Instant replay. Interesting data on replay from 2021: The average replay review took 2 minutes, 27 seconds—down 61 seconds from 2020. The league credits added authority given to replay officials and the New York command center—either can communicate with the on-field referee to point out a mistake—and the use in every stadium of “Hawkeye” video technology. The Hawkeye system allows desired replays to be seen much quicker instead being at the mercy of which replays are shown by the TV crews at games. That’s a big reason why there’s no rule change on the agenda at the meetings for anything involving replay.

A weird ABC/ESPN TV thing. Don’t know how I missed this. (I think we all missed it.) Part of the NFL’s new TV contract with the networks is that on one Monday night this year, ABC will telecast one game and ESPN will telecast a different one. It’s likely the starts will be staggered—perhaps by 15 or 20 minutes so there won’t be simultaneous halftimes, perhaps by a longer period of time to allow for each telecast to get maximum eyes on each one. Next year, ESPN and ABC will have three such Mondays. As to why, I really don’t know … but what seems the most sensible is to stagger the starts by, say, 75 minutes, so that the second game starts as the first is on the verge of halftime. No idea of the broadcast team on the second game, with of course Buck/Aikman on one of them. Might be a hoot to have the other game feature a Manningcast, with Peyton and Eli as the lone voices.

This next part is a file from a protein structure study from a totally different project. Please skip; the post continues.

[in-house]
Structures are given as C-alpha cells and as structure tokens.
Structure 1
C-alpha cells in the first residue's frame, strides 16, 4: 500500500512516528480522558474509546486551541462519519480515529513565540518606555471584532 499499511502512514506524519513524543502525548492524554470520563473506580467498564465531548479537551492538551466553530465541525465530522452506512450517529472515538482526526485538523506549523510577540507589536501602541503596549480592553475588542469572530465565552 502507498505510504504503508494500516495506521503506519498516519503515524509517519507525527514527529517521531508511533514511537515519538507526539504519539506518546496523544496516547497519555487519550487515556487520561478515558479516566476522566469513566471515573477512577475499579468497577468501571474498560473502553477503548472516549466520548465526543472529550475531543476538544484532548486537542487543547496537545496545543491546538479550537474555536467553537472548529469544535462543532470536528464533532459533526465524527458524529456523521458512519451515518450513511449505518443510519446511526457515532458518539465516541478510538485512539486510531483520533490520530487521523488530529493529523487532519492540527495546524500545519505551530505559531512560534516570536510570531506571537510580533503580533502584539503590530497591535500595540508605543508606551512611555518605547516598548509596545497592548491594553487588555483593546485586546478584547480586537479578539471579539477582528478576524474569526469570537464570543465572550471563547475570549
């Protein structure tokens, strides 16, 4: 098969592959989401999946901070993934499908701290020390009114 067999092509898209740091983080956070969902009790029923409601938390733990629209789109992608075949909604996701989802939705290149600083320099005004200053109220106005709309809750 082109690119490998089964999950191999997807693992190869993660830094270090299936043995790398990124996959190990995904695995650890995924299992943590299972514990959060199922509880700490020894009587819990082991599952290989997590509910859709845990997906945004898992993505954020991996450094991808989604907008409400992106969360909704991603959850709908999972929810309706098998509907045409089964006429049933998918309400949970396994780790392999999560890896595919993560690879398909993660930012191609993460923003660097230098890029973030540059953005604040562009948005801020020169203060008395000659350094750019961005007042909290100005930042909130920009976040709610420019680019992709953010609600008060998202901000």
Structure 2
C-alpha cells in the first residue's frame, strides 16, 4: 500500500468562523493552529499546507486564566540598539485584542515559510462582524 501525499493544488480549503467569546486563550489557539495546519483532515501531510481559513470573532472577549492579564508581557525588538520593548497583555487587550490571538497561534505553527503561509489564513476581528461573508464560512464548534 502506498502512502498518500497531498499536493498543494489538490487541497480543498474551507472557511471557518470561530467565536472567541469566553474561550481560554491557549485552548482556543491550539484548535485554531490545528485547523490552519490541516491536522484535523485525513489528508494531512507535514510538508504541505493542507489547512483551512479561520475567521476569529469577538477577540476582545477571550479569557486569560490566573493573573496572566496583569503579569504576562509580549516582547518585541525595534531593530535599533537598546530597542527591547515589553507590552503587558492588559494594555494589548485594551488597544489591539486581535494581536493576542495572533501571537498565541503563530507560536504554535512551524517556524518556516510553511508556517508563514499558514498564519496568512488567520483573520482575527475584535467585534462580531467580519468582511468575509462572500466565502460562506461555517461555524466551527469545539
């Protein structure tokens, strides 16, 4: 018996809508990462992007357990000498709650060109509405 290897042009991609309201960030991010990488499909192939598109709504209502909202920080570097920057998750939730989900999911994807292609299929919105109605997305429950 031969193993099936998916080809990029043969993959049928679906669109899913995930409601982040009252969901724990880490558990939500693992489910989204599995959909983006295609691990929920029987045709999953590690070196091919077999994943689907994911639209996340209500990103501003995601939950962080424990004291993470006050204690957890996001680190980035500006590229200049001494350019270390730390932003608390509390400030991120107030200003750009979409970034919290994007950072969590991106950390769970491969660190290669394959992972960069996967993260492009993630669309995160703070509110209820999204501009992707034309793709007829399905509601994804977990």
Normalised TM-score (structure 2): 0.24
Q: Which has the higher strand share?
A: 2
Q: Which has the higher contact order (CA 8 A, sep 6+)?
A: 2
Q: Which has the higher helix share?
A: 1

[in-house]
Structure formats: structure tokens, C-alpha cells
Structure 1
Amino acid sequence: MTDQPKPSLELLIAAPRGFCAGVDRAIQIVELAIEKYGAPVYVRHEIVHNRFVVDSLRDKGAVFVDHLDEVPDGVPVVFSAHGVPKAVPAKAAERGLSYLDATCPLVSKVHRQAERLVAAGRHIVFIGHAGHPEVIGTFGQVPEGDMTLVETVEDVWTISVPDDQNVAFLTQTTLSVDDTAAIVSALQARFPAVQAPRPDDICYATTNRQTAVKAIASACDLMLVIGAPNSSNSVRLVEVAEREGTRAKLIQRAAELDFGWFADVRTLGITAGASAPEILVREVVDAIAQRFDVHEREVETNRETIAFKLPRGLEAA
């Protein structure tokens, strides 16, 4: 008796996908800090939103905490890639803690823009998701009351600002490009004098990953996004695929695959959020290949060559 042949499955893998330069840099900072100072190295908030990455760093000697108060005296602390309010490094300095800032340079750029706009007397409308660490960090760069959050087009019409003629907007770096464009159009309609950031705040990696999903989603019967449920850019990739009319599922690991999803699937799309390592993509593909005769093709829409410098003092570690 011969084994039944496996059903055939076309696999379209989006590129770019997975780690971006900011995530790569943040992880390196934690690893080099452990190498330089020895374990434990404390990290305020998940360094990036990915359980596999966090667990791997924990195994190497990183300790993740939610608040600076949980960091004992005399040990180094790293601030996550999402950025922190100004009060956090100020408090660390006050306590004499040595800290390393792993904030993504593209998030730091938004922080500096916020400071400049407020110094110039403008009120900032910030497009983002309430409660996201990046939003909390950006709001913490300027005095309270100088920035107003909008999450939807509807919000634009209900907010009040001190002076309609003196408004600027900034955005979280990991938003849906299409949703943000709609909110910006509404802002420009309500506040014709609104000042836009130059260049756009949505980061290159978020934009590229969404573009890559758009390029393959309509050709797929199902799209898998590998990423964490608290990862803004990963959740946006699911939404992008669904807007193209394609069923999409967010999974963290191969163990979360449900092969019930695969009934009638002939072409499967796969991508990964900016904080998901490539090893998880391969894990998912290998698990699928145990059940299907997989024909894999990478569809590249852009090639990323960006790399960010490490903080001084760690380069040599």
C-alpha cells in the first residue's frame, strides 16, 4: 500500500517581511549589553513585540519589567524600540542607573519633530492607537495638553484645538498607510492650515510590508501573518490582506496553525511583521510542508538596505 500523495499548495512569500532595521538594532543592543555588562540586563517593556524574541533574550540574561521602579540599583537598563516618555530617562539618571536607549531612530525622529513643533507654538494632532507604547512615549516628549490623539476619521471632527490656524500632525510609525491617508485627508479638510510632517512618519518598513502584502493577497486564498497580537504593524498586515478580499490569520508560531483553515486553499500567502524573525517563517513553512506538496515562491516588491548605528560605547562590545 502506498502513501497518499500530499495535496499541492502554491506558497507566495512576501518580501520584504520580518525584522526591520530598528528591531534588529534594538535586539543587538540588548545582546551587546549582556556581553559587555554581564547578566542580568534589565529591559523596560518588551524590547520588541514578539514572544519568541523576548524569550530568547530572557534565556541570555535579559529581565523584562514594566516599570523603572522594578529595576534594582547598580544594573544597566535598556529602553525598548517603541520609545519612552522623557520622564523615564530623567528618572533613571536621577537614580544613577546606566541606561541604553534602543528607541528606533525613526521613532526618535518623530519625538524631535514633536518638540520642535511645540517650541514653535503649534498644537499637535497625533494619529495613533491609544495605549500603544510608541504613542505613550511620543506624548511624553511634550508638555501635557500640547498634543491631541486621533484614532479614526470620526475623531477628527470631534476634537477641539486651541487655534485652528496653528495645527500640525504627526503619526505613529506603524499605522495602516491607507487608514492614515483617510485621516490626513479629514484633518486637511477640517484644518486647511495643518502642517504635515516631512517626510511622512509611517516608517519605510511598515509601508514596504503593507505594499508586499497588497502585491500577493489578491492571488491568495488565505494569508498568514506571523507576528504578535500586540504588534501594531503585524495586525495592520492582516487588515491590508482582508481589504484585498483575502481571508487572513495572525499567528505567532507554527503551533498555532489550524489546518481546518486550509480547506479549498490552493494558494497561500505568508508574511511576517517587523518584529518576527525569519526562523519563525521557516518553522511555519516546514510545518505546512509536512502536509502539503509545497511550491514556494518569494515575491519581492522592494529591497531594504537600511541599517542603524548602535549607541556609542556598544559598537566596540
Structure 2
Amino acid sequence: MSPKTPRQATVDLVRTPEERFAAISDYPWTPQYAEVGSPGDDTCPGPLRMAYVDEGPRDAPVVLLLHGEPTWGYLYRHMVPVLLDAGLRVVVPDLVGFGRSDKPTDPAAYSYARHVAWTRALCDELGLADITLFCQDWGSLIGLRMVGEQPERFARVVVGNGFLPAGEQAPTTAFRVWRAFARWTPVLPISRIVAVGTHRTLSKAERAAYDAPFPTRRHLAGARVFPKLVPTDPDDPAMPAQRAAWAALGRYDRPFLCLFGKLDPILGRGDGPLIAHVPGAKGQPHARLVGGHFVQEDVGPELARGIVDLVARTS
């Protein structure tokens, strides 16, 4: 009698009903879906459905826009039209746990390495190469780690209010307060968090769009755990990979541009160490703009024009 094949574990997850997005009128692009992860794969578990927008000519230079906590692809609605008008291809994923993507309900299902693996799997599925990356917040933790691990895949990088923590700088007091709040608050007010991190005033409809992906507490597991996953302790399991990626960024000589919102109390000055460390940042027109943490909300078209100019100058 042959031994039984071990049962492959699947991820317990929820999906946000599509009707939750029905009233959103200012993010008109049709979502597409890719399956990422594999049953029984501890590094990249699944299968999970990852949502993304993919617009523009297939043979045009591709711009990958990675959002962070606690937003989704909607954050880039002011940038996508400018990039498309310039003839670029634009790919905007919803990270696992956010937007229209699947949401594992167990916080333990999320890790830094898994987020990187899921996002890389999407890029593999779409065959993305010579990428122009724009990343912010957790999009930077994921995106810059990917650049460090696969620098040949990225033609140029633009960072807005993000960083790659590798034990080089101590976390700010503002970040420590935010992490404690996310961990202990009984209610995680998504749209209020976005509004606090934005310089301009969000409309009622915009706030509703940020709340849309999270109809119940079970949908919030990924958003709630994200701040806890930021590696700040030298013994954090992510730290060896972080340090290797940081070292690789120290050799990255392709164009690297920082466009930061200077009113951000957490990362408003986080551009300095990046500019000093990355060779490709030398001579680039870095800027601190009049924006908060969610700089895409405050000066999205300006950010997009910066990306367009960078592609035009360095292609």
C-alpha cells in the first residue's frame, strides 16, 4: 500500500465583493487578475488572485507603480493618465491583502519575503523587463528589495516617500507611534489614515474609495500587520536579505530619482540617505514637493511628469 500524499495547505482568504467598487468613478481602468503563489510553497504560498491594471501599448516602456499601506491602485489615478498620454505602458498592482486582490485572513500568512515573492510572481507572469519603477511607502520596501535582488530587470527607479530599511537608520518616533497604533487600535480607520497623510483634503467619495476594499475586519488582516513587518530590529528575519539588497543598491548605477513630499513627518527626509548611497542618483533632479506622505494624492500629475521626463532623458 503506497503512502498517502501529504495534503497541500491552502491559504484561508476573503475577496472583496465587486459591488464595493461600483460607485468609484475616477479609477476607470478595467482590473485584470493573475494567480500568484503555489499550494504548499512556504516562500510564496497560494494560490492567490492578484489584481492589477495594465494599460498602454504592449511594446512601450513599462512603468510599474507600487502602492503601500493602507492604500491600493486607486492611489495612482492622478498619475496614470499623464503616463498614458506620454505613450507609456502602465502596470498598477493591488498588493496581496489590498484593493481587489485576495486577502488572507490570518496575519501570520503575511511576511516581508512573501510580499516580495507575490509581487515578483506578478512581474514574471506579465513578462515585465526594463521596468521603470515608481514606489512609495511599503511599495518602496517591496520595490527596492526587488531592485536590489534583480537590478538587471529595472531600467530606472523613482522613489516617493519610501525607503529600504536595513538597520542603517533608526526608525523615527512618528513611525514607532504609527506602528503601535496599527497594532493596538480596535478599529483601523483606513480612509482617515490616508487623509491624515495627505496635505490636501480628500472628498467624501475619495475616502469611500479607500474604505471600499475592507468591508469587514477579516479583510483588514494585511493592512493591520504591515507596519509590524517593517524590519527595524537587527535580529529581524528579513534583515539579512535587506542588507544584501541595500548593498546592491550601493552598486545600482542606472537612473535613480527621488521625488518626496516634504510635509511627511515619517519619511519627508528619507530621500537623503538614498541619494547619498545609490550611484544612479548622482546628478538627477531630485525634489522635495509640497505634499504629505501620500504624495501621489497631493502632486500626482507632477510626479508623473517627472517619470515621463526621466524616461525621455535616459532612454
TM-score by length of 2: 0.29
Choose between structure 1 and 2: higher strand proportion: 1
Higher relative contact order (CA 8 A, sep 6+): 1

Kwesi Adofo-Mensah. The new GM of the Vikings is an impressive guy. At his first league meetings as a GM, he took time Sunday to explain his philosophy about team-building in a time when the value of veterans stars and draft picks are changing drastically. I mentioned to him that I thought team construction was a continuum, with a GM having to constantly recalibrate how to build. “ ‘Continuum’ is a good word for it,” he said. “I think you’ve got to make sure you always know where your team is at all times. Sometimes you can deceive yourself.” I also liked two of the main things he was looking for when he interviewed head coaches: suppression of ego (“All that matters is what’s best for the team,” he said) and accountability for mistakes. You’re going to make some. In fact, you’ll make a lot. Admit them and move on, but don’t hide the mistake and then move on. Adofo-Mensah said he thinks the coach he chose, Kevin O’Connell, “has rare intellect and temperament.” Enjoyed my time with this Princeton grad you’ll be hearing a lot about.

An NFL record. If you watched much football last year, this won’t surprise you: Teams went for it on fourth down last year more than any other season. They converted 411 of 774 fourth-down tries, for an efficiency of .531. Talk about an explosion of risk-taking: In 2017, there were 1.89 fourth-down attempts per game. By 2021, that rose to 2.92 per game. I find this odd: The two teams with the fewest fourth-down tries last year both fielded mobile superstar quarterbacks. Seattle, with Russell Wilson, was four of 11 on fourth down. Kansas City, with Patrick Mahomes, was only 10 of 15. Andy Reid’s not a big fourth-down guy. In Mahomes’ four years as starter, KC’s gone for it an average of 14 times a year. That seems totally counterintuitive, doesn’t it?